The history of marriage ceremony is rich and deep, going back centuries.  Christianity, Islam, Judaism, and many others all have teachings about marriage.  However, we’re not talking about history, we’re talking about today.  From the article in the New York Times:

  • More than half of births to American women under 30 occur outside of marriage.
  • The fastest growth in the last two decades has occurred among white women in their 20s who have some college education but no four-year degree.
  • One group still largely resists the trend: college graduates, who overwhelmingly marry before having children.

My own fiancée is a reflection of these findings.  She had her son while in her mid-twenties, unwed and in the process completing her undergraduate degree.  Other examples from abound from family to friends, each putting a face to the statistics.  One final excerpt from the article highlights an interesting point:

Even as many Americans withdraw from marriage, researchers say, they expect more from it: emotional fulfillment as opposed merely to practical support. “Family life is no longer about playing the social role of father or husband or wife, it’s more about individual satisfaction and self-development,” said Andrew Cherlin, a sociologist at Johns Hopkins University.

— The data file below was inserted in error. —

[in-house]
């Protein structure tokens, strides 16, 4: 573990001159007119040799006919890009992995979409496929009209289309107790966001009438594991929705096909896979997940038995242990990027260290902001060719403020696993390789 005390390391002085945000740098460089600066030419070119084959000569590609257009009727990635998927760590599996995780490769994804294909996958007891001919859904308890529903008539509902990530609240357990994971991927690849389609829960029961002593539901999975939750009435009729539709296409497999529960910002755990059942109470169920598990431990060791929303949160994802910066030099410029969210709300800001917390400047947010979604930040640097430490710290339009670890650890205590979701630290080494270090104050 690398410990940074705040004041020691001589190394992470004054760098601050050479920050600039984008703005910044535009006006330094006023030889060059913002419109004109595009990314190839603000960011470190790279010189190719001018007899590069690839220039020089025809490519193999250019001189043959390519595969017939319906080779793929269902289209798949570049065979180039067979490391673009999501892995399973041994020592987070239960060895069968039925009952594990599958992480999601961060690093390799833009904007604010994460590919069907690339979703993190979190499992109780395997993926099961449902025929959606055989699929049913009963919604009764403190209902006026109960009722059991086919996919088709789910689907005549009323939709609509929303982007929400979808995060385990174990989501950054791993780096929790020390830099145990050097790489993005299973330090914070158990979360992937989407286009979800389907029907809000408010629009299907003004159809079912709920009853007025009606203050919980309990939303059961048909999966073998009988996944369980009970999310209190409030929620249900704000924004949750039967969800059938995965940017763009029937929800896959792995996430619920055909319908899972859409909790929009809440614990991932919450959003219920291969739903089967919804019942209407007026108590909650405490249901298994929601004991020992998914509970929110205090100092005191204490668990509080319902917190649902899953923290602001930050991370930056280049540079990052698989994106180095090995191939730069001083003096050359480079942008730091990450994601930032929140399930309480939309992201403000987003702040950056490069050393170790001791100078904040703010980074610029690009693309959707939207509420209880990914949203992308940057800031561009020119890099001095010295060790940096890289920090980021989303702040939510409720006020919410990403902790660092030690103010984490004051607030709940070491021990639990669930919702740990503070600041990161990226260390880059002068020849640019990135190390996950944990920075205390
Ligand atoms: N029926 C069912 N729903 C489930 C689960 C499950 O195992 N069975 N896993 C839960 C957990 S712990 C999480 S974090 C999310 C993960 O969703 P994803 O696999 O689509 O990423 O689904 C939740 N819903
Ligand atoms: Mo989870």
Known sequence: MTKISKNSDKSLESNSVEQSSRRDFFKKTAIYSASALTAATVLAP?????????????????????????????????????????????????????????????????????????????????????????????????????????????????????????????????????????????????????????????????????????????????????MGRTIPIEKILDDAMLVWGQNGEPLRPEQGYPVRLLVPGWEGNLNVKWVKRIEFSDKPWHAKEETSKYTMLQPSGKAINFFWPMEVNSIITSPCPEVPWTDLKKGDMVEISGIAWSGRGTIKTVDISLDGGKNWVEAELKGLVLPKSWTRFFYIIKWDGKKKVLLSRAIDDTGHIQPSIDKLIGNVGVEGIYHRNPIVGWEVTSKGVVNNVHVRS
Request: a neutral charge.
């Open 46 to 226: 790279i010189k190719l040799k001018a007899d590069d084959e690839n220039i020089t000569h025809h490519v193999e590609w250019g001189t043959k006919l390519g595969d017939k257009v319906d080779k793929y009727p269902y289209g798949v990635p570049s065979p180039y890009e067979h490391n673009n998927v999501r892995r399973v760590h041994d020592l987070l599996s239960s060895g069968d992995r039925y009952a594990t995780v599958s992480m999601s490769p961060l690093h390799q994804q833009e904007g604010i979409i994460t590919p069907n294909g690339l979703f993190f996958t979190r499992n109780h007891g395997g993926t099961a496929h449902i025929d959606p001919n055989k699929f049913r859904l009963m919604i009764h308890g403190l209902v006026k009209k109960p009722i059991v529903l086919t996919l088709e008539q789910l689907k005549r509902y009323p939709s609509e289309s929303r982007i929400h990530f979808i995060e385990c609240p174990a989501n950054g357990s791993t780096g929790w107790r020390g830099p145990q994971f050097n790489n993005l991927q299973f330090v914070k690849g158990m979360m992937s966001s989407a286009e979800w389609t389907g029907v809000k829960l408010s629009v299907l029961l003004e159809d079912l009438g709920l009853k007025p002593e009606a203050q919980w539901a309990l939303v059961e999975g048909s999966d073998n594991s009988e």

Individual satisfaction and Self-development – are these better accomplished prior to beginning a lifelong commitment to another person?  I have my own opinion on that question, but ask yourself this question – What does marriage mean to me today?  The answer will shed light onto what is important to you, and will perhaps reveal more about the shift that is occurring in marriages (or lack thereof) across America today.

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The Power of Half and Hunger

There’s been a book in our bookshelf at home that I’ve been meaning to read titled “The Power of Half”.  It’s got a funky looking cover and a catchy subtitle that reads “One Family’s Decision to Stop Taking and Start Giving Back”.  Intrigued by the cool looking cover and provoking title, I picked up the book a few days ago and began reading.  Little did I know that only a few chapters in that it would inspire me to craft my own commitment, which I’ve unimaginatively titled The Power of Half and Hunger.